Remember ME - You Me and Dementia

January 23, 2012

USA: Growing old in the 21st century is not what is used to be

CHESTNUT HILL, Massachusetts /  Sloan Center on Aging & Work / January 23, 2012
Engaged As We Age
Meeting the Challenges and Opportunities Associated with Growing Old in America 
Growing old in the 21st century is not what is used to be.
The purpose of this project is to develop an ongoing, national study of aging that asks the broad question: What is the impact of multiple engagements — in continued work, in volunteer activities, in education and other learning activities, in care-giving for family members and friends—on the mental and physical health of older people?
The Engaged as We Age project will bring to Boston College a group of thought leaders interested in the opportunities and dilemmas of aging in the 21st century. Policy analysts/advocates, practitioners/employers, foundation representatives, and academics from several disciplines will participate in a facilitated conversation this fall to re-think the dominant paradigms of aging in America to be held this fall at Boston College. 

Overcoming Negative Perceptions of Aging
Over the past couple of decades, gerontologists have wrestled with ways to overcome outdated and mostly negative perceptions of growing older. Added years of longevity and health are unprecedented and represent opportunities for a variety of approaches to contentment, satisfaction, and even continued growth in later life.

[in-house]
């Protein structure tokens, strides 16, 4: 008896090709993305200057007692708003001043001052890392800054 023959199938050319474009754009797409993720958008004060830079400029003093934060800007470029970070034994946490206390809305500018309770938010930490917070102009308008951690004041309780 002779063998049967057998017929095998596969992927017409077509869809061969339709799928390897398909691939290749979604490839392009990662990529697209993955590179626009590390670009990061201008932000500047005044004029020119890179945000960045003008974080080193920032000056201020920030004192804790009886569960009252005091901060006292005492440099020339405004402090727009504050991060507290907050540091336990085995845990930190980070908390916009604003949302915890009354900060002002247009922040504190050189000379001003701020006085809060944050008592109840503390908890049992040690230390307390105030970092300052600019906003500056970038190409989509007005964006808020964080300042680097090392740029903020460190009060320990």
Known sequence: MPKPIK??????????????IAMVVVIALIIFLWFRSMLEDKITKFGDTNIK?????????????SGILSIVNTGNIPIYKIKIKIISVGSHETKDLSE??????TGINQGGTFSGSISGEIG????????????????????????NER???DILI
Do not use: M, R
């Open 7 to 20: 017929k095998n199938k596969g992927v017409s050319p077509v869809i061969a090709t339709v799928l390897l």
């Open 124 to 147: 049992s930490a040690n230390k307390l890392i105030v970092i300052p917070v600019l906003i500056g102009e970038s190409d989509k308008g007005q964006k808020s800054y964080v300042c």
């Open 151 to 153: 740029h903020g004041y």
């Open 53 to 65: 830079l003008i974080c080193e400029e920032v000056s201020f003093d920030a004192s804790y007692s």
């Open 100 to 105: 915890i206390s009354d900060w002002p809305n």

Now the question is, how can we move beyond the idea of old age as a “roleless role”? How can we provide the optimal structure for maximizing opportunities for well-being and vitality. What do practitioners, employers, and policy-makers need to know in order to re-write the future of old age in America?
One of the responses to the old disengagement paradigms has been to focus attention on strategies to help individuals “age successfully.” Successful and healthy aging has often been interpreted as steps taken to avoid disease and disability, maintain mental and physical function, and continue engagement with life.
Another concept—“productive aging”—refers to “activities that produce goods and services, whether paid or not,” and focuses attention on the contributions that older adults make at work, in volunteer capacities, and with care-giving (either to spouses, parents, families members with disabilities, or grandchildren).
Considerations of “successful aging” and “productive aging” have challenged many old assumptions and expectations for the roles that older adults should/will assume. Despite the promise of these new paradigms, critics suggest that value labels such as healthy and productive aging imply that there is a “best way, an only way” to age well, and that people who develop a debilitating disease are “unsuccessful.” 
Some worry that efforts to get elder citizens to be more productive will undermine social programs like Social Security and Medicare, much needed supports especially for women and minorities. 
Furthermore, to date, there has been limited attention focused on the social and structural changes needed to facilitate “success” or “productivity.”

“If we are to promote productive aging, there is a need for enlarged public- and private-sector responsibility…we need to explore perceptions of the public and how they define productive aging, productivity, and older adult’s contributions” (Estes & Mahakian, 2001, p. 209).
Engaged as We Age (January 2012)
By Jacquelyn B. James, Elyssa Besen, Christina Matz-Costa & Marcie Pitt-Catsouphes
© 2012 The Trustees of Boston College
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